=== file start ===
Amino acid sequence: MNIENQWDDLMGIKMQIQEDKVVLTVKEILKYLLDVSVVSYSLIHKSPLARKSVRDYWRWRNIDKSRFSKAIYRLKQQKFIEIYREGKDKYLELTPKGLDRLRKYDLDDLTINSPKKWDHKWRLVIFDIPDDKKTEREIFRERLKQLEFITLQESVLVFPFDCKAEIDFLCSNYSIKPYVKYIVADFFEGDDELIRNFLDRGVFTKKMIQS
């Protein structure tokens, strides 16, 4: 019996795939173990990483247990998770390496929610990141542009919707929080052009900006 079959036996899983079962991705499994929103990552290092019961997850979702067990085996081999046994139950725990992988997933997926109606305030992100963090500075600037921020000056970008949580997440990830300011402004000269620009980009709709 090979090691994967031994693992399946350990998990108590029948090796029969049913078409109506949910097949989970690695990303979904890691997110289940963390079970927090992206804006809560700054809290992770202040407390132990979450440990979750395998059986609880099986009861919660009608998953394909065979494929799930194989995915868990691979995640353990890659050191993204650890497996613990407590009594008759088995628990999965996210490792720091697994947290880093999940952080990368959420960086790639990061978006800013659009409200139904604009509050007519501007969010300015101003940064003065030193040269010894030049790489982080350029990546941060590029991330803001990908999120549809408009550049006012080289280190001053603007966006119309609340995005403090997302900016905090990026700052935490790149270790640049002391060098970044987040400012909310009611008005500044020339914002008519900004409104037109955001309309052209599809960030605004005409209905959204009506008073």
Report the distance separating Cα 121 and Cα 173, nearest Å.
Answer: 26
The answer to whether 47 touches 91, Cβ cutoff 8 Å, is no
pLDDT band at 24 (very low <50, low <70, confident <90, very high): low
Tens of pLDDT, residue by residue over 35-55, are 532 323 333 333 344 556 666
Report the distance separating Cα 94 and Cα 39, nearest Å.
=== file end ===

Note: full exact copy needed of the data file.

Amino acid sequence: MNIENQWDDLMGIKMQIQEDKVVLTVKEILKYLLDVSVVSYSLIHKSPLARKSVRDYWRWRNIDKSRFSKAIYRLKQQKFIEIYREGKDKYLELTPKGLDRLRKYDLDDLTINSPKKWDHKWRLVIFDIPDDKKTEREIFRERLKQLEFITLQESVLVFPFDCKAEIDFLCSNYSIKPYVKYIVADFFEGDDELIRNFLDRGVFTKKMIQS
């Protein structure tokens, strides 16, 4: 019996795939173990990483247990998770390496929610990141542009919707929080052009900006 079959036996899983079962991705499994929103990552290092019961997850979702067990085996081999046994139950725990992988997933997926109606305030992100963090500075600037921020000056970008949580997440990830300011402004000269620009980009709709 090979090691994967031994693992399946350990998990108590029948090796029969049913078409109506949910097949989970690695990303979904890691997110289940963390079970927090992206804006809560700054809290992770202040407390132990979450440990979750395998059986609880099986009861919660009608998953394909065979494929799930194989995915868990691979995640353990890659050191993204650890497996613990407590009594008759088995628990999965996210490792720091697994947290880093999940952080990368959420960086790639990061978006800013659009409200139904604009509050007519501007969010300015101003940064003065030193040269010894030049790489982080350029990546941060590029991330803001990908999120549809408009550049006012080289280190001053603007966006119309609340995005403090997302900016905090990026700052935490790149270790640049002391060098970044987040400012909310009611008005500044020339914002008519900004409104037109955001309309052209599809960030605004005409209905959204009506008073």
Report the distance separating Cα 121 and Cα 173, nearest Å.
Answer: 26
The answer to whether 47 touches 91, Cβ cutoff 8 Å, is no
pLDDT band at 24 (very low <50, low <70, confident <90, very high): low
Tens of pLDDT, residue by residue over 35-55, are 532 323 333 333 344 556 666
Report the distance separating Cα 94 and Cα 39, nearest Å.